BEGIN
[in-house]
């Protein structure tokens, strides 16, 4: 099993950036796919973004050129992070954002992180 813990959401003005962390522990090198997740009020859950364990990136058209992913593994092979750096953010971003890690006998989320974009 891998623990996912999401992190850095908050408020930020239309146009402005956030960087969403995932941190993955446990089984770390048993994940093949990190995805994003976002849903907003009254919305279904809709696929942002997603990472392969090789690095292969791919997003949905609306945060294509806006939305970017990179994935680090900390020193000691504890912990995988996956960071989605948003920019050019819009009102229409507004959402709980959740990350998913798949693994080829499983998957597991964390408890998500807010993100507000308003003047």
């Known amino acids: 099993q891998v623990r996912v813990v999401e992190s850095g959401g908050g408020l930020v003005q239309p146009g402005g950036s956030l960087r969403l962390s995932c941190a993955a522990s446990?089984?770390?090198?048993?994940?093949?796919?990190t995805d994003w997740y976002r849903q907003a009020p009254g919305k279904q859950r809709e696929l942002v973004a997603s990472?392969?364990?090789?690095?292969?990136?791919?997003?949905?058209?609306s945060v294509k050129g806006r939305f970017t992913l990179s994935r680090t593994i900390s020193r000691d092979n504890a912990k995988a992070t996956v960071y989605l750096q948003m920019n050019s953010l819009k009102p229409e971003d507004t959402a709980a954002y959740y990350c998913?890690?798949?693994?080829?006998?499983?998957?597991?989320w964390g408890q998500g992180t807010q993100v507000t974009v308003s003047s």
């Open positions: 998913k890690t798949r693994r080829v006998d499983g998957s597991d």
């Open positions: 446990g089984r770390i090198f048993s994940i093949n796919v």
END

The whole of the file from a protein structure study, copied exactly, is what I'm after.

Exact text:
[in-house]
């Protein structure tokens, strides 16, 4: 099993950036796919973004050129992070954002992180 813990959401003005962390522990090198997740009020859950364990990136058209992913593994092979750096953010971003890690006998989320974009 891998623990996912999401992190850095908050408020930020239309146009402005956030960087969403995932941190993955446990089984770390048993994940093949990190995805994003976002849903907003009254919305279904809709696929942002997603990472392969090789690095292969791919997003949905609306945060294509806006939305970017990179994935680090900390020193000691504890912990995988996956960071989605948003920019050019819009009102229409507004959402709980959740990350998913798949693994080829499983998957597991964390408890998500807010993100507000308003003047």
């Known amino acids: 099993q891998v623990r996912v813990v999401e992190s850095g959401g908050g408020l930020v003005q239309p146009g402005g950036s956030l960087r969403l962390s995932c941190a993955a522990s446990?089984?770390?090198?048993?994940?093949?796919?990190t995805d994003w997740y976002r849903q907003a009020p009254g919305k279904q859950r809709e696929l942002v973004a997603s990472?392969?364990?090789?690095?292969?990136?791919?997003?949905?058209?609306s945060v294509k050129g806006r939305f970017t992913l990179s994935r680090t593994i900390s020193r000691d092979n504890a912990k995988a992070t996956v960071y989605l750096q948003m920019n050019s953010l819009k009102p229409e971003d507004t959402a709980a954002y959740y990350c998913?890690?798949?693994?080829?006998?499983?998957?597991?989320w964390g408890q998500g992180t807010q993100v507000t974009v308003s003047s």
């Open positions: 998913k890690t798949r693994r080829v006998d499983g998957s597991d």
């Open positions: 446990g089984r770390i090198f048993s994940i093949n796919v």